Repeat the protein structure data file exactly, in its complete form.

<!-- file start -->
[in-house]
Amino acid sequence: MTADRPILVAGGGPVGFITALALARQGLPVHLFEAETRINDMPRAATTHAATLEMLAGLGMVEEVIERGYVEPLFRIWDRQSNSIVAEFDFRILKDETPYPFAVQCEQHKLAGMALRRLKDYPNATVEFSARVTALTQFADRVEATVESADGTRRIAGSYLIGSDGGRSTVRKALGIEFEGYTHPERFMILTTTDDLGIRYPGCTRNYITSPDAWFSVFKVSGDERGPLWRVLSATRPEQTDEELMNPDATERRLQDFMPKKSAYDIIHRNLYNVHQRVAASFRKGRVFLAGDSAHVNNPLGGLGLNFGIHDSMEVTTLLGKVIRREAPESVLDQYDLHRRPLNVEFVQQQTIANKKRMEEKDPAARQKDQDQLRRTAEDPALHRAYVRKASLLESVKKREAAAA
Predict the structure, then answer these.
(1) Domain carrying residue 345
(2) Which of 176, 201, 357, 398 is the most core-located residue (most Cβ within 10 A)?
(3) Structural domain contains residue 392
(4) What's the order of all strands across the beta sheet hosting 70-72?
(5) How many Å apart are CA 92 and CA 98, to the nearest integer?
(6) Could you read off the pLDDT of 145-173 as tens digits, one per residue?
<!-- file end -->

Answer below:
[in-house]
Amino acid sequence: MTADRPILVAGGGPVGFITALALARQGLPVHLFEAETRINDMPRAATTHAATLEMLAGLGMVEEVIERGYVEPLFRIWDRQSNSIVAEFDFRILKDETPYPFAVQCEQHKLAGMALRRLKDYPNATVEFSARVTALTQFADRVEATVESADGTRRIAGSYLIGSDGGRSTVRKALGIEFEGYTHPERFMILTTTDDLGIRYPGCTRNYITSPDAWFSVFKVSGDERGPLWRVLSATRPEQTDEELMNPDATERRLQDFMPKKSAYDIIHRNLYNVHQRVAASFRKGRVFLAGDSAHVNNPLGGLGLNFGIHDSMEVTTLLGKVIRREAPESVLDQYDLHRRPLNVEFVQQQTIANKKRMEEKDPAARQKDQDQLRRTAEDPALHRAYVRKASLLESVKKREAAAA
Predict the structure, then answer these.
(1) Domain carrying residue 345
(2) Which of 176, 201, 357, 398 is the most core-located residue (most Cβ within 10 A)?
(3) Structural domain contains residue 392
(4) What's the order of all strands across the beta sheet hosting 70-72?
(5) How many Å apart are CA 92 and CA 98, to the nearest integer?
(6) Could you read off the pLDDT of 145-173 as tens digits, one per residue?